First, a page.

Tag Archives: China

The Chinese Boom-Bust Cycle

By Simon Johnson

Should we fear some sort of financial crash in China, along the lines of what we saw in 2008 in the US or after 2010 in the euro area?

Given the rate of growth in credit and the expansion of the so-called shadow banking sector over the past five years in China, some sort of financial bust seems hard to avoid.

But this need not be the hard landing seen in more developed countries – and the impact on the world economy will likely be much more moderate.  At the same time, however, bigger problems await in the not-too-distant future.

Peter Boone and I review the details in a column for NYT.com’s Economix blog.

China and the Saving of Europe

By Simon Johnson

The Greek government owes more than it can afford to pay, now or in the near future, at market interest rates.  There are two options: reduce the payments through some form of restructuring, or move the debt into the hands of people who are willing to charge below market rates for the foreseeable future.

In this decision, the International Monetary Fund has relatively little say – this is really a political decision to be made by the European Union, with discrete backing from the US and China. Continue reading

Who’s In Charge Here? Not The G20

By Simon Johnson

Most accounts of the ministerial meeting last weekend of the Group of 20 — 19 nations plus the European Union that represent the world’s wealthiest economies —implied that it continued to perform sterling service – heading off currency wars, keeping explicit protectionism under control and deftly managing the process of reforming governance at the International Monetary Fund.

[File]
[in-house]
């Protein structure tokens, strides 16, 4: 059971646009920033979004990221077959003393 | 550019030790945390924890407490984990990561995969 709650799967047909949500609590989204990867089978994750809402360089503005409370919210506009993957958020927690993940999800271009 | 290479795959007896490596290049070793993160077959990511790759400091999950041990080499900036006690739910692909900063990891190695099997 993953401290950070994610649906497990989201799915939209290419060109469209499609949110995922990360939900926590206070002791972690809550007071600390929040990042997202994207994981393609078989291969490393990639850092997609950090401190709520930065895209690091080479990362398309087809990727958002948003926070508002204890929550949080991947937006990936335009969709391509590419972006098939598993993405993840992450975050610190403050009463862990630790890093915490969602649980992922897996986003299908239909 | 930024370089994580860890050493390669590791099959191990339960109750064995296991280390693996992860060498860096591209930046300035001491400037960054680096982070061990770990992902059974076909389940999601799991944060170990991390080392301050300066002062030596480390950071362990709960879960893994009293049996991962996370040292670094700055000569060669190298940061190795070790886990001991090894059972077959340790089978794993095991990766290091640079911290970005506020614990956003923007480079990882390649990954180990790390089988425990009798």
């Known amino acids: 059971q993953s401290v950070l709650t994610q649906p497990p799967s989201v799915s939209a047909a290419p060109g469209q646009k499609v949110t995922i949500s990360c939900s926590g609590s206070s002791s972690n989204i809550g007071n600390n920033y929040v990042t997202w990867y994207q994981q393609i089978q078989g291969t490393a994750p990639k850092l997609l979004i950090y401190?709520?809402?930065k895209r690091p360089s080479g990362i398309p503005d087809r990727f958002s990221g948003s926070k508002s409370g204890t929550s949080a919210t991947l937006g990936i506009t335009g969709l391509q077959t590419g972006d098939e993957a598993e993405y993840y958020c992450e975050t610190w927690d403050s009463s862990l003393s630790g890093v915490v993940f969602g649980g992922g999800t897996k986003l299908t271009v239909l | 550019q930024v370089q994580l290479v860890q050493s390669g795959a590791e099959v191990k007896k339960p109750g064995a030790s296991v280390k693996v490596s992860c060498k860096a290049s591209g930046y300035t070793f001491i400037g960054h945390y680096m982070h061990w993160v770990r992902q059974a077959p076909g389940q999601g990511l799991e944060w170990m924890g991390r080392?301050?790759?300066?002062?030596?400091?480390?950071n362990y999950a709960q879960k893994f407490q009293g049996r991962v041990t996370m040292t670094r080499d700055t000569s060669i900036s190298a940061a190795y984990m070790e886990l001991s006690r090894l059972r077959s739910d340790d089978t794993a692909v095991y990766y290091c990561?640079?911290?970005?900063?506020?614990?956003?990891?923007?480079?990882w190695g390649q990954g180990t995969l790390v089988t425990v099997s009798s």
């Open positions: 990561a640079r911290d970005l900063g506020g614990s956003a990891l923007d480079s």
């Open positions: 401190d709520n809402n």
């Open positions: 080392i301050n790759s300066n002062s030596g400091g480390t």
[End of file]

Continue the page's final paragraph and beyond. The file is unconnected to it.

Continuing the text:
Post-financial crisis, middle-income countries continue to rise in economic importance, and the recent shift in global leadership from the Group of 7 (the United States, Canada, Britain, Italy, France, Germany and Japan) to the G-20 is commonly supposed to accommodate the growing claims of “emerging markets” on the world stage.

This interpretation is correct as far as it goes, but it also misses the main story, which is that emerging markets have two primary goals that are increasingly at odds with each other. These goals – to hold large stocks of American dollars and to stave off a flow of capital from abroad – add up to wanting to retain the emerging markets’ recently achieved status of collective net creditors (i.e., being owed more than they owe). Unfortunately, this contributes to the serious vulnerability of the world economy as we head into the next credit cycle. Continue reading

The G20’s China Bet

By Simon Johnson

The G20 communiqué, released after the Toronto summit on Sunday, made it quite clear that most industrialized countries now have budget deficit reduction fever (see this version, with line-by-line comments by me, Marc Chandler and Arvind Subramanian).  The US resisted the pressure to cut government spending and/or raise taxes in a precipitate manner, but the sense of the meeting was clear – cut now to some extent and cut more tomorrow.

This makes some sense if you think that the global economy is in robust health and likely to grow at a rapid clip – say close to 5 percent per annum – for the foreseeable future.  With high global growth, it will matter less that governments are cutting back and unemployment will come down regardless.  Taking this into account, the IMF is actually predicting (as cited prominently by the G20) that budget “consolidation” actually raise growth over a five-year horizon.